Michael: Oh, just on, like, group health insurance bargaining as part of the firm.
Chip: Yeah. It’s just things that you don’t… Again, I mean, when we came over, we did COBRA insurance for the first year to try to figure out… You know, you’re just kind of putting it together. And so, for the folks that have joined us here in the last, you know, 18 months, just the ability to feel like they could be independent but not alone, and to have some sort of structure. And a big thing for us is finding like-minded people. You know, when we left the regional kind of firm culture, one of the things that I missed was the interaction with my colleagues and having other folks to bounce ideas off of, and that feeling that, as attractive as being able to forge your own path is, it can also be one that’s kind of lonely. So, you know, your old friends can’t do the same things or don’t have access to the same kind of potential platforms and technologies and those kinds of things. And so it can…you can feel a little bit isolated.
And so for us, being able to… You know, we were fortunate kind of, the way that we originally expanded was, I had a friend who was one of our former wholesalers. So he was a wholesaler that covered us for probably 10 years. And I found out about nine months after we joined Raymond James that he had bought a practice in Charlotte, North Carolina and was considering Raymond James. And so, you know, I reached out to him and said, “Don’t know what your plans are, but if you’re going to…you know, if you’re considering Raymond James, I think that we offer a lot of structure that would be helpful for you.” You know, I may have told you at one point, we then later added a former regional director from Raymond James. Came and is one of our partners. And that was, again, kind of part of what has evolved is really just…yeah, it’s a lot about relationships and keeping aware of people that you know and not feeling like you want to be by yourself. And that’s been a big thing for us.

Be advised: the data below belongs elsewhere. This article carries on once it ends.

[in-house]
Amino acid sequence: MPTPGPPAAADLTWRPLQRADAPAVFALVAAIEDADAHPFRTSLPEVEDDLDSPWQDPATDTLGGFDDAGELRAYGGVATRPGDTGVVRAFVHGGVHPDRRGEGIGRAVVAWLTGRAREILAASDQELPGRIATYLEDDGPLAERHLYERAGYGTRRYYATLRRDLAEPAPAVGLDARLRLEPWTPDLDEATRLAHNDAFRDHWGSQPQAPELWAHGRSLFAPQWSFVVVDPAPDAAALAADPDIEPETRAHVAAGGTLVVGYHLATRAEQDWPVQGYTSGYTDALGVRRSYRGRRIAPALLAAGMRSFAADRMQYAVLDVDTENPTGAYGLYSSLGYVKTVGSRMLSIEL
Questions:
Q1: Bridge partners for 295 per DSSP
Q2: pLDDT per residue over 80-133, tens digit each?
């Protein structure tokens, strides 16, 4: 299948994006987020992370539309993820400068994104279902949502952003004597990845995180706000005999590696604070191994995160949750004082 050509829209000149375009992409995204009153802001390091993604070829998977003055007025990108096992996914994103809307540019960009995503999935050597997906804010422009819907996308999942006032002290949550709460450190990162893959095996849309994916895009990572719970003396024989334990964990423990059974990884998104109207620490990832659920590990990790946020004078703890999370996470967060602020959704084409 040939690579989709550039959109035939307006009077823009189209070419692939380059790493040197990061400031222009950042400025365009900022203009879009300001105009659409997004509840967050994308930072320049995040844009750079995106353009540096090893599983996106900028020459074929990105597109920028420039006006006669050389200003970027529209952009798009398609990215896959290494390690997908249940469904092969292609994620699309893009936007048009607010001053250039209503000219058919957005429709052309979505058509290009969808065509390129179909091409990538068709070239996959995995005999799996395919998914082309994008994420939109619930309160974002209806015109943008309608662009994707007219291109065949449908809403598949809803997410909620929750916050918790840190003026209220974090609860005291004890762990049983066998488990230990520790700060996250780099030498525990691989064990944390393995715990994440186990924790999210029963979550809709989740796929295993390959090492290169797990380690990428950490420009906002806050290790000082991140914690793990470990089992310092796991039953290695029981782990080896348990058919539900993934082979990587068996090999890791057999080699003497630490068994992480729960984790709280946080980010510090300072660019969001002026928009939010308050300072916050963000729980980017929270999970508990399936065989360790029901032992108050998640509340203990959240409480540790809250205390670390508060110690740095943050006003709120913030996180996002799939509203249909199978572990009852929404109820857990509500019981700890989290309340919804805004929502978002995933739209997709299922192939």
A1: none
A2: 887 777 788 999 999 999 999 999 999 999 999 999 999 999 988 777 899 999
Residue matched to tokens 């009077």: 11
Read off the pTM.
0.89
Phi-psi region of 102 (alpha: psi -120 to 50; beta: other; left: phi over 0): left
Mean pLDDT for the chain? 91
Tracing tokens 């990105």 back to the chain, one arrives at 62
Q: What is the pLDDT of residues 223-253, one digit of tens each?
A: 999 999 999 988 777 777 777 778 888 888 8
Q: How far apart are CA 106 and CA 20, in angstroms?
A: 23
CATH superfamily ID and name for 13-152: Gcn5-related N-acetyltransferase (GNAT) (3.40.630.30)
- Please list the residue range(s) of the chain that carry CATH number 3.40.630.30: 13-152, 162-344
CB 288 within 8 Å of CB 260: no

Michael: We found a similar phenomenon frankly for XY Planning Network, and I think is just true with overall the rise of, you know, super OSJs and the broker-dealer community as well and various platforms and rollups that are starting to emerge in the RIA space, like, there’s a whole lot of advisors, I think, that are in that mentality you put it so well, that like, “I want to be independent, but I don’t necessarily want to be alone,” and trying to find the midpoint between those. Like, “I want to keep my independence and my control, but I don’t want to feel alone. I would like to have a platform that gives me some stuff and support?”
Like, that’s now a space to me that seems to be blossoming across every different version of an independent channel at once. With firms rising up and saying like, “We’ll do some of that stuff. We’ll create that environment for you, where you’re independent but not alone and you’ve got some structure, and you’ve got some support, and you’ve got some peers, but you’re independent and it’s still your firm and it’s still your equity. So if that’s what’s important to you, like, you can hold on to that.”